Getting Munki up and running.

Munki is a great tool for installing/updating/uninstalling software packages. Munki provides a central repository of software and allows for easy software-build management. With Munki, you can keep all your software in the repo, write manifests for each of your builds and push out the manifests out. Another advantage of Munki (that may be later utilized in our environment) is that it allows non-admin users to update the software on their machines through the updates provided by Munki.
Previously we were using DeployStudio to push out tiered builds, however the downside of this method is that it’s not simple to mass-update/uninstall software. The methods to make these changes would include either (a) writing a script that uninstalls packages, (b) rebuilding the machine with the new software build. With Munki, all of that is eliminated, and it comes down to maintaining a software manifest.
Currently we’ve installed Munki on https://adams.cul.columbia.edu. The wiki pages used for this are the following:

Step 1: Create a CA and certificate for our Munki Server to use

When setting up Adams, I more or less followed the instructions above (Using Munki with SSL client certificates). A quick outline of the steps would be:
1. Download materials
2. Edit config/openssl.conf (optional, either do this step to setup default values or enter in values as you run the following steps)
3. run bin/createCA.sh – creates cert, use Common Name MUNKI_CA (identifies which CA you’re creating).
4. run bin/newServer.sh – create server certificate, use the domain of your server as the Common Name (e.g. Common Name = adams.cul.columbia.edu).
5. run bin/addClient.sh – creates client certificate, use Common Name has to be the argument you used to start the script.
6. Store the contents of the parent folder (that contains bin, demoCA, servers, clients) in /private/etc/munki)
7. In Server Admin (assuming your munki server is running on an OS X server 10.6+), under add the certificates you just created.

Step 2: Set up your repo

1. Add a site under “Web” with Server Admin, under the security tab, use the certificate you have just imported.
2. Within the directory of your site, create the following directories:
a. munki/
b. munki/repo
c. munki/repo/pkgs
d. munki/repo/pkgsinfo
e. munki/repo/catalogs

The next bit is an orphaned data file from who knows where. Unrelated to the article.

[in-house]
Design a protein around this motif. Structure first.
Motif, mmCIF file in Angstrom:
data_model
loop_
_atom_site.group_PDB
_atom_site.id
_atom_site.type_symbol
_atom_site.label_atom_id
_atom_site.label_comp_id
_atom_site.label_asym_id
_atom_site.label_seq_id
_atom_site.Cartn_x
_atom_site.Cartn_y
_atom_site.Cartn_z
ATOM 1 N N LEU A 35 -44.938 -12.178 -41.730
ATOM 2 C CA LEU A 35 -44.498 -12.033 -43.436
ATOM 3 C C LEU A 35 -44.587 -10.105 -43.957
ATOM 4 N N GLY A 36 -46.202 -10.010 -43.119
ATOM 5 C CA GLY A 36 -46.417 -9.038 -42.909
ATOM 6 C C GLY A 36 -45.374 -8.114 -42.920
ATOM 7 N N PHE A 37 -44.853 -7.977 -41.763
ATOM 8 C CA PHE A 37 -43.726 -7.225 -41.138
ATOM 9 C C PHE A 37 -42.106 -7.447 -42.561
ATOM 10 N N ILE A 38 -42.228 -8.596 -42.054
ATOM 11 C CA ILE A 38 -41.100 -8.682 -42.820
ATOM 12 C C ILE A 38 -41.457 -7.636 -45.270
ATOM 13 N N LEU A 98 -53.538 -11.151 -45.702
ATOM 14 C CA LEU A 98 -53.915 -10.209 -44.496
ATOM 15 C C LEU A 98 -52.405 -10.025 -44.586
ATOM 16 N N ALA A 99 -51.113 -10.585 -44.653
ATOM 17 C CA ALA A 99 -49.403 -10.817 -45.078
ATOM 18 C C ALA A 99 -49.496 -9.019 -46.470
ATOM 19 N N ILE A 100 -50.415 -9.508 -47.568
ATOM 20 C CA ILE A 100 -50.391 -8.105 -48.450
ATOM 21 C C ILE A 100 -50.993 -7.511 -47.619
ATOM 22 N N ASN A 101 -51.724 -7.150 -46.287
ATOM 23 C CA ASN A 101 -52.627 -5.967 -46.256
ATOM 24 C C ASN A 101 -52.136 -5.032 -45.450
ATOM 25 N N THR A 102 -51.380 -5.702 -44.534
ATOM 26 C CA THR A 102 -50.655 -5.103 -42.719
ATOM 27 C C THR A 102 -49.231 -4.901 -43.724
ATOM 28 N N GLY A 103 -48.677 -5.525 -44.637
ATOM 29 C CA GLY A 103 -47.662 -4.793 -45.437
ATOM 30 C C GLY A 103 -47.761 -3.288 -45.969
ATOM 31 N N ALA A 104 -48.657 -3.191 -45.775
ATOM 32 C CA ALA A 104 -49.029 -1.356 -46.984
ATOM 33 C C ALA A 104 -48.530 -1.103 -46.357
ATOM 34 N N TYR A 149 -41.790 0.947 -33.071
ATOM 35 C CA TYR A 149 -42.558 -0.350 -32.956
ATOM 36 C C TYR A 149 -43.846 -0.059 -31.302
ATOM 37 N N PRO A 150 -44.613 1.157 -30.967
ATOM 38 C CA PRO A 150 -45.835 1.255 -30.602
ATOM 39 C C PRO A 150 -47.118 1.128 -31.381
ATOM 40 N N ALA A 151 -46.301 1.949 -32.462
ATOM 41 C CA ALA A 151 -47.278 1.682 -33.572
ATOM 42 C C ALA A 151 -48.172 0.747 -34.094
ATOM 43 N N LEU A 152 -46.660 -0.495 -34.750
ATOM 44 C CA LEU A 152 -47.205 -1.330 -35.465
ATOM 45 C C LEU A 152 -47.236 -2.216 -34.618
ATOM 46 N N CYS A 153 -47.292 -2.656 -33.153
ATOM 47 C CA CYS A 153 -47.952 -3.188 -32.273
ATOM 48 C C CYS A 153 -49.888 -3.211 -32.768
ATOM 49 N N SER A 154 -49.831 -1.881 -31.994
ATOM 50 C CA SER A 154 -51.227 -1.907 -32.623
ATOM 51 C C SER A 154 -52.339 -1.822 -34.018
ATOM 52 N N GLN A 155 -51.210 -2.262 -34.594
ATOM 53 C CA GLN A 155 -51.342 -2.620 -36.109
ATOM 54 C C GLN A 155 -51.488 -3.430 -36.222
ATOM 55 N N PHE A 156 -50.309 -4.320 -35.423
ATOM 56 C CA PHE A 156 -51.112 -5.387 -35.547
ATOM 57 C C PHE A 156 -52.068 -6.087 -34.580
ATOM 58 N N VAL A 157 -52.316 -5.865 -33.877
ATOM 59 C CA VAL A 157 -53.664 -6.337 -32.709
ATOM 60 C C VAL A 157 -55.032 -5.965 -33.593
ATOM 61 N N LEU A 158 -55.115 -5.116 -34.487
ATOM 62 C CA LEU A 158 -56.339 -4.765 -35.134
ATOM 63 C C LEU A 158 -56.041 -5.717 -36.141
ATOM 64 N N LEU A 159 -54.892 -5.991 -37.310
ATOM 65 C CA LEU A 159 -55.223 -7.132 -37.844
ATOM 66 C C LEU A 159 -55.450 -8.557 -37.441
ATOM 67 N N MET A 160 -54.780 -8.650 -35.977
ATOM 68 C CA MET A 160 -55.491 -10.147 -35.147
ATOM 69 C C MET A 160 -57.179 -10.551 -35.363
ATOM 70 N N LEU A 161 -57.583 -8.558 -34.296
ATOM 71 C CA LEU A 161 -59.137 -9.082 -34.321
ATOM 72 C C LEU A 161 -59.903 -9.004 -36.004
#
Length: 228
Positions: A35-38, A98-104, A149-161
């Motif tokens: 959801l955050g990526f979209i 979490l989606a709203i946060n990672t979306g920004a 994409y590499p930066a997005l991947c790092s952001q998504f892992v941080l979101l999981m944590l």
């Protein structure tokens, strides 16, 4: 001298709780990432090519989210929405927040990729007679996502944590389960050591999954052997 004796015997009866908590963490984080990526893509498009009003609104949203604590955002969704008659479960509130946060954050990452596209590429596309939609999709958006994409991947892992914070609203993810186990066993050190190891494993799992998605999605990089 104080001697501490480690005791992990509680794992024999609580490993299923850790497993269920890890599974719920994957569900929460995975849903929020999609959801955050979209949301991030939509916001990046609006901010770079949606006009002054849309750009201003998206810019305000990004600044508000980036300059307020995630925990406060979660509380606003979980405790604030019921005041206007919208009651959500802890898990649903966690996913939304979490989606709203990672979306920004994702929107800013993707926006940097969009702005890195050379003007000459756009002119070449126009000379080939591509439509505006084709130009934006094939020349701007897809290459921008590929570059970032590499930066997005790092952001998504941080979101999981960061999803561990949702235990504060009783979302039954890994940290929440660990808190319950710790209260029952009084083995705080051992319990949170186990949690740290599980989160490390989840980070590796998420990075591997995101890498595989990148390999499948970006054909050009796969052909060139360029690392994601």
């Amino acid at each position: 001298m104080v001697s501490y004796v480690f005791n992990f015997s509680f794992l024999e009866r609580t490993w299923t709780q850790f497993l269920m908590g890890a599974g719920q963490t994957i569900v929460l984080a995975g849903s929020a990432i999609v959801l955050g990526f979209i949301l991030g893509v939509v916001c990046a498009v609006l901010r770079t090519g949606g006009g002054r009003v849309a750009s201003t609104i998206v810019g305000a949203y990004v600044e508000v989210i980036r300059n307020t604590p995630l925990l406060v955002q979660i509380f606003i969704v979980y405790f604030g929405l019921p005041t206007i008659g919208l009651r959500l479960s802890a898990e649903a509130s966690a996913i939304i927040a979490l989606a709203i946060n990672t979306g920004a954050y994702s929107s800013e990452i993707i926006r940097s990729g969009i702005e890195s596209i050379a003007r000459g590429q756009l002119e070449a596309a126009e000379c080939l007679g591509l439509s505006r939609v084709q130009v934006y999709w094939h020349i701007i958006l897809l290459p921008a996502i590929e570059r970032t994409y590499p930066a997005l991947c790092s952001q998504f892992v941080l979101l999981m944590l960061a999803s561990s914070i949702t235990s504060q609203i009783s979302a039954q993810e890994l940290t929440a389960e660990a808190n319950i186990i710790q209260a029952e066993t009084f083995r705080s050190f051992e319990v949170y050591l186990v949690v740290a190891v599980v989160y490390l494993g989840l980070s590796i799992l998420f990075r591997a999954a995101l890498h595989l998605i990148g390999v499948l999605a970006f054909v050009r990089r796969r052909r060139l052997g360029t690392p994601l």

f. munki/repo/manifests

Step 3: Configure Munki on the server

When setting up Munki, you could follow the steps in “Installing on a standalone machine”, but I found a very useful alternative to that in the “Creating Disk Images” page. The nugget being: /usr/local/munki/munkiimport, which will import .pkg files and turn .mpkg files into a disk image for Munki. That’s not the best part though, the best part is that it creates the catalog files, pkginfos and puts the disk image/pkg in the repository. The only setup that needs to be done is running /usr/local/munki/munkiimport –configure to set up the basic values, i.e. the repo path, munki’s url.

Step 4: Secure the server with some basic authentication

Firstly, in Server Admin, go to Web -> Sites -> YOUR SITE -> Options and enable all overrides. Then in terminal cd to your repo directory and create a .htpasswd file with the following command:

$ htpasswd -c .htpasswd munki
New password:
Re-type new password:
Adding password for user munki

Then you need to create the .htaccess file in your repo’s directory with the following content:

AuthType Basic
AuthName "Munki Repository"
AuthUserFile /path/to/your/munki/repo_root/.htpasswd
Require valid-user

Step 5: Configure Munki on the client

First move munki_client.pem from clients/munki_client/ and cacert.pem from demoCA/ to the certs directory in /Library/Managed Installs/ folder (or wherever you’ve set the ManagedInstallDir) on the client, you may have to create this directory.
Munki’s configuration plist values lists all the possible values for the plist that we’ll use on the clients. Make sure the following are set properly:

  • ClientIdentifier (the manifest that the client is going to use)
  • ManagedInstallDir (local directory that Munki will use to store pkgs)
  • LogFile
  • LoggingLevel
  • UseClientCertificate (set to TRUE)
  • SoftwareRepoCAPath (set to the certs directory)
  • SoftwareRepoCACertificate (set to cacert.pem’s path)
  • SuppressUserNotification (if set to true, will make the process silent)

There’s more on that page, customize your own.

In our deployment we plan to:

1. Create a custom Munki client pkg, which will contain the certificates and ManagedInstalls.plist (as well as create custom directories if we see move in that direction). We will deploy this package via DeployStudio, and then run a script that will call Munki to install software.
2. Create sub directories within our repo based on software vendor and manifest.

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2 thoughts on “Getting Munki up and running.

  1. Doesn’t look like you guys are using client-side authentication with the client certificate you created in Step 1 – 5. The certificate you’re using for your virtual host on the server (Step 1 – 7) is the server-side certificate, for data encryption, not authentication. The whole goal of client-side certificates is for authentication. In munki’s case, that authentication would be a replacement for the need to supply a user name and password (Step 4, Step 5). Also, you wouldn’t be storing your user name and password in clear text on client computers’ ManagedInstalls.plist files, and you could revoke the client certificate server-side if the client cert ever got away from you.

    Have you had any luck configuring munki to use client-side certificates for authentication? I’d love to hear if you have!

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